As the global economy begins to rebound from the great recession, people around the world remain deeply concerned with the way things are going in their countries. Less than a third of the publics in most nations say they are satisfied with national conditions, as overwhelming numbers say their economies are in bad shape. And just about everywhere, governments are faulted for the way they are dealing with the economy.
Yet in most countries, especially in wealthier nations, President Barack Obama gets an enthusiastic thumbs up for the way he has handled the world economic crisis. The notable exception is the United States itself, where as many disapprove of their president's approach to the global recession as approve.
This pattern is indicative of the broader picture of global opinion in 2010. President Barack Obama remains popular in most parts of the world, although his job approval rating in the U.S. has declined sharply since he first took office. In turn, opinions of the U.S., which improved markedly in 2009 in response to Obama's new presidency, also have remained far more positive than they were for much of George W. Bush's tenure.
Ratings of America are overwhelmingly favorable in Western Europe. For example, 73% in France and 63% in Germany say they have a favorable view of the U.S. Moreover, ratings of America have improved sharply in Russia (57%), up 13 percentage points since 2009, in China (58%), up 11 points, and in Japan (66%), up 7 points. Opinions are also highly positive in other nations around the world including South Korea (79%), Poland (74%), and Brazil (62%).
The U.S. continues to receive positive marks in India, where 66% express a favorable opinion, although this is down from last year when 76% held this view. America's overall image has also slipped slightly in Indonesia, although 59% still give the U.S. a positive rating in the world's largest predominantly Muslim nation.
Publics of other largely Muslim countries continue to hold overwhelmingly negative views of the U.S. In both Turkey and Pakistan – where ratings for the U.S. have been consistently low in recent years – only 17% hold a positive opinion. Indeed, the new poll finds opinion of the U.S. slipping in some Muslim countries where opinion had edged up in 2009. In Egypt, America's favorability rating dropped from 27% to 17% – the lowest percentage observed in any of the Pew Global Attitudes surveys conducted in that country since 2006.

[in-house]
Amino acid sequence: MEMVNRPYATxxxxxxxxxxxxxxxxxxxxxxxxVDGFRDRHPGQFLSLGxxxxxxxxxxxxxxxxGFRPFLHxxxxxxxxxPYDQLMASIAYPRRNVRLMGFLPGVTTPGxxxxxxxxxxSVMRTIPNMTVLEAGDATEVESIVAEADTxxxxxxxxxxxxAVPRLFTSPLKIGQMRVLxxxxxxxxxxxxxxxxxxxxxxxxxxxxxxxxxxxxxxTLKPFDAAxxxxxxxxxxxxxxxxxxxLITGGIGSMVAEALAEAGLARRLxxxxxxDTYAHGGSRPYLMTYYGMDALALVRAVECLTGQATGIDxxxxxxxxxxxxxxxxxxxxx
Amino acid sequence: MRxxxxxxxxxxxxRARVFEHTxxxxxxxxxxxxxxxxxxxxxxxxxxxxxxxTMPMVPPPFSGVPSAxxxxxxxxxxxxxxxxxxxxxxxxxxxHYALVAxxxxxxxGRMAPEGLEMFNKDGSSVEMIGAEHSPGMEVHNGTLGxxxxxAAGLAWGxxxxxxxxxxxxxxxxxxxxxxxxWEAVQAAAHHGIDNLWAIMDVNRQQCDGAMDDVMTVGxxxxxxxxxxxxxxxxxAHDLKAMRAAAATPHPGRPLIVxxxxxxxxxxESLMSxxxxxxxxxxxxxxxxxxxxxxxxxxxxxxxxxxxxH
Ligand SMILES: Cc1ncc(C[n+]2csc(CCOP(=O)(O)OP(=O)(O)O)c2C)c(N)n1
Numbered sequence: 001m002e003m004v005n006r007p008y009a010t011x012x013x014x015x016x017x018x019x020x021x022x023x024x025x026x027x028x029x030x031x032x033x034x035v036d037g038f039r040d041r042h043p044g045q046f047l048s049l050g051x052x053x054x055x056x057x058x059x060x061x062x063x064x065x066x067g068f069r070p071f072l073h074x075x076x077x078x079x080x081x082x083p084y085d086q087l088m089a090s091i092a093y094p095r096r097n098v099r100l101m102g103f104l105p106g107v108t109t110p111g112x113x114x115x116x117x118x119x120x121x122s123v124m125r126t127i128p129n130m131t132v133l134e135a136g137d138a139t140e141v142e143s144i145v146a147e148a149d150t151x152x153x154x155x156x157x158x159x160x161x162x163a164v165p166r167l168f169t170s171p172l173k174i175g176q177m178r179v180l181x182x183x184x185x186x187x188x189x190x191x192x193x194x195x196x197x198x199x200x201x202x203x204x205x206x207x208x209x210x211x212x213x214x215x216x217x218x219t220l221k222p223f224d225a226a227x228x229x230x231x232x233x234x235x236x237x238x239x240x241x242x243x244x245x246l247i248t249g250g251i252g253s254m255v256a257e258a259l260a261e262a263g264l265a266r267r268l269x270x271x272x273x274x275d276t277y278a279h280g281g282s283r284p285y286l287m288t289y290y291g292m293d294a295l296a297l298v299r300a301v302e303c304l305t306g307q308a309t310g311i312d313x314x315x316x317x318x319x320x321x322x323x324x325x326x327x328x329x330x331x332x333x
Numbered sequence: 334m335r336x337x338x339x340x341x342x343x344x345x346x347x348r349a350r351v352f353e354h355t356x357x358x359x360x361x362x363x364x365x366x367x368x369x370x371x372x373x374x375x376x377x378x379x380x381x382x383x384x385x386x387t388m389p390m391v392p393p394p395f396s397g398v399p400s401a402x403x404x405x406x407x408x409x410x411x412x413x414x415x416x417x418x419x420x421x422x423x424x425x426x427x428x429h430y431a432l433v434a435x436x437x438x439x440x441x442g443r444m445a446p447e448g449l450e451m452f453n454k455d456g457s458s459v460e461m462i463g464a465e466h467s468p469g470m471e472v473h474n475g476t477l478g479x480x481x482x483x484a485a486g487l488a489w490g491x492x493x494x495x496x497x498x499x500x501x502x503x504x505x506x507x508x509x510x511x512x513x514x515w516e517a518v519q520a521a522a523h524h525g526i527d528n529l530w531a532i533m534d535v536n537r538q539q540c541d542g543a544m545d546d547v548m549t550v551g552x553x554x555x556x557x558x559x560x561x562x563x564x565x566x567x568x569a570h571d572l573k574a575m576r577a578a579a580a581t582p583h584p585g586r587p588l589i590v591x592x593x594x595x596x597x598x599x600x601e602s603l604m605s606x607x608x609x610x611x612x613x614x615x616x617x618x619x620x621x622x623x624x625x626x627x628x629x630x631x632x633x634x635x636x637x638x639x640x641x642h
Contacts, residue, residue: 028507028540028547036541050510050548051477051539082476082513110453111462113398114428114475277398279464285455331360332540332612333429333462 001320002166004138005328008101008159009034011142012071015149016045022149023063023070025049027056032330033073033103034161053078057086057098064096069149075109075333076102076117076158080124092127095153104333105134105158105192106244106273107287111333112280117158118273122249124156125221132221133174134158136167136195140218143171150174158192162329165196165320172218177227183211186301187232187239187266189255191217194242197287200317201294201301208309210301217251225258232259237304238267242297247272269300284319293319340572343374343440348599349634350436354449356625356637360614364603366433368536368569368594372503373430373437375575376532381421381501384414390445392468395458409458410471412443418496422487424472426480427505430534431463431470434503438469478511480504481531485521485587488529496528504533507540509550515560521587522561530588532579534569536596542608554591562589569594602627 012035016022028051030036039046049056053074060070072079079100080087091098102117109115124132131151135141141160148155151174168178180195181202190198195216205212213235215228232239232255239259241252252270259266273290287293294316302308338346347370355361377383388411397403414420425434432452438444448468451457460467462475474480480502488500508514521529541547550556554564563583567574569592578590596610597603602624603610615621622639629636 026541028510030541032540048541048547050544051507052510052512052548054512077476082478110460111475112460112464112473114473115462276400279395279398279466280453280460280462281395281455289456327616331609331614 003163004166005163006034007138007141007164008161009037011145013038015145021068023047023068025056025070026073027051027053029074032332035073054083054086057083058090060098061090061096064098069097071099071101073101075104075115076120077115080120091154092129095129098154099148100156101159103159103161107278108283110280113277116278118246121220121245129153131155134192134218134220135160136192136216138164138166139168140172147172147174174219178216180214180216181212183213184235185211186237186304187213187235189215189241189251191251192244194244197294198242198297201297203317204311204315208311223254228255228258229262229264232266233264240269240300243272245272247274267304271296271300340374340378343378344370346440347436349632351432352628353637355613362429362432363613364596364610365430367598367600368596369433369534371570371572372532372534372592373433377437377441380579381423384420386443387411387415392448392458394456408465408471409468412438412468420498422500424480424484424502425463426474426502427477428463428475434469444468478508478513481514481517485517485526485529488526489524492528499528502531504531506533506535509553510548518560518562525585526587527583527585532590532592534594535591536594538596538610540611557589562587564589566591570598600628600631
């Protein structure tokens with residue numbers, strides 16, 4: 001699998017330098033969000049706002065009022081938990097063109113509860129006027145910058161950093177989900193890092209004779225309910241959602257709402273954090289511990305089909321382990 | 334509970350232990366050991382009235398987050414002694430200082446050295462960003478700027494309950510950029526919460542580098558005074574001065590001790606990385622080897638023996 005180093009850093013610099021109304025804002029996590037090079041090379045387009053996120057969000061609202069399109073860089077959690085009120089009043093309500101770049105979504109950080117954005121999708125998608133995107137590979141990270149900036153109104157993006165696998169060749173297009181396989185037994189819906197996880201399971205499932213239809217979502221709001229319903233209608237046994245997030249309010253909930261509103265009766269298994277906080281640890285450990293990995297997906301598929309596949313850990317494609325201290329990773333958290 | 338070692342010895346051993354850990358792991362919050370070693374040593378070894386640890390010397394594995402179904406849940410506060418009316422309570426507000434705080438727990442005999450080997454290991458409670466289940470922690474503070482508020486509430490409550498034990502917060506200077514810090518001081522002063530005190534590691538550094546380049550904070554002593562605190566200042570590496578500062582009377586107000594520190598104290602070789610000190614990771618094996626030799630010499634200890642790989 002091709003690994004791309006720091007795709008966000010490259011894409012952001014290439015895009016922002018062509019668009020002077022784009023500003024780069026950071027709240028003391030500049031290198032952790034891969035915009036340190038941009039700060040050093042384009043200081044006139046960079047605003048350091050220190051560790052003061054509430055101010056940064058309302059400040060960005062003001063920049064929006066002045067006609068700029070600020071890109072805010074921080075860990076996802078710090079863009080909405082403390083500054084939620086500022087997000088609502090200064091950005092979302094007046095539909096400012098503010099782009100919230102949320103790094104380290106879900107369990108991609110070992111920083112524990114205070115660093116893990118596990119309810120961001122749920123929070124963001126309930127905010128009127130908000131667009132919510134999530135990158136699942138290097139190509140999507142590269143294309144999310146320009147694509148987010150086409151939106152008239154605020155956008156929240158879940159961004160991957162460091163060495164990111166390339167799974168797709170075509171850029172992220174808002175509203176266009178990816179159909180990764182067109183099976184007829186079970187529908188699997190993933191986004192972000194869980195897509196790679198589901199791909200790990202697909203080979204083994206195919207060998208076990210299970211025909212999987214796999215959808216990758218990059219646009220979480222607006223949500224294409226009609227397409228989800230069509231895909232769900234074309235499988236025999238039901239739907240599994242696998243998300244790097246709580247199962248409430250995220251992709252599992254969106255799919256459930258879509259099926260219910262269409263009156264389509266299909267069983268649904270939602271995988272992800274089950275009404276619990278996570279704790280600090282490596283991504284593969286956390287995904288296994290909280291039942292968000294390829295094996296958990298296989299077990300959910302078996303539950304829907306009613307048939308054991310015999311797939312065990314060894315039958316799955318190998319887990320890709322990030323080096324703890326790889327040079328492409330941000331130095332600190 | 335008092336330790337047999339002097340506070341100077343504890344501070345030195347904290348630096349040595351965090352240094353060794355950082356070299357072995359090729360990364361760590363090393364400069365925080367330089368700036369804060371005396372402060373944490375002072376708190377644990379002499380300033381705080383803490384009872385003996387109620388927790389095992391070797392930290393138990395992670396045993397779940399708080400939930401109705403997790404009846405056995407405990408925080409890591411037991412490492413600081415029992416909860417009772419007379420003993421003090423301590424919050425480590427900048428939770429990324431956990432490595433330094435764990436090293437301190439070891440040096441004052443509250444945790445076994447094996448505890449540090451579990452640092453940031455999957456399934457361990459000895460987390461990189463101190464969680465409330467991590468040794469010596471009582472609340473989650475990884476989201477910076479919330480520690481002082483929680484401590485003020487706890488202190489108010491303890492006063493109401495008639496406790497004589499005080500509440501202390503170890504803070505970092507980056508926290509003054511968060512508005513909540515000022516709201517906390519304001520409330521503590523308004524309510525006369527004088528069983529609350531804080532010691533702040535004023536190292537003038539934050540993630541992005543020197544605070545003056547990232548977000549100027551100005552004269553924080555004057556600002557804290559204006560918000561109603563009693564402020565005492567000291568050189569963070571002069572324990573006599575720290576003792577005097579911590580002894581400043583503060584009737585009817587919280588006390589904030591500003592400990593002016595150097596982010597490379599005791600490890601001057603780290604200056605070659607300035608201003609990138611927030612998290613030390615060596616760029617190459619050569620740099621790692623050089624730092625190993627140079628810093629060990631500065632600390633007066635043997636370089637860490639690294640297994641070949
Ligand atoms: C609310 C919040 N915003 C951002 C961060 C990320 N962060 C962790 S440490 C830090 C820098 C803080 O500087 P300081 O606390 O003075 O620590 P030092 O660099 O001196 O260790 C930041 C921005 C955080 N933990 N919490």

Closer to home, a special follow-up poll found America's favorable rating tumbling in Mexico in response to Arizona's enactment of a law aimed at dealing with illegal immigration by giving police increased powers to stop and detain people who are suspected of being in the country illegally. Only 44% of Mexicans gave the U.S. a favorable rating following the signing of the bill, compared with 62% who did so before the bill passed.
The new survey by the Pew Research Center's Global Attitudes Project, conducted April 7 to May 8, also finds that overall opinion of Barack Obama remains broadly positive in most non-Muslim nations. In these countries, the national median confidence in Obama to do the right thing in world affairs is 71%, and overall approval of his policies is 64%. In particular, huge percentages in Germany (88%), France (84%), Spain (76%) and Britain (64%) say they back the president's policies. Similarly in the two African nations polled Obama gets high marks – 89% of Kenyans and 74% of Nigerians approve of his international policies.
Read the full report, Obama More Popular Abroad Than At Home, Global Image of U.S. Continues to Benefit, on the Pew Research Center's Global Attitudes Project Web site.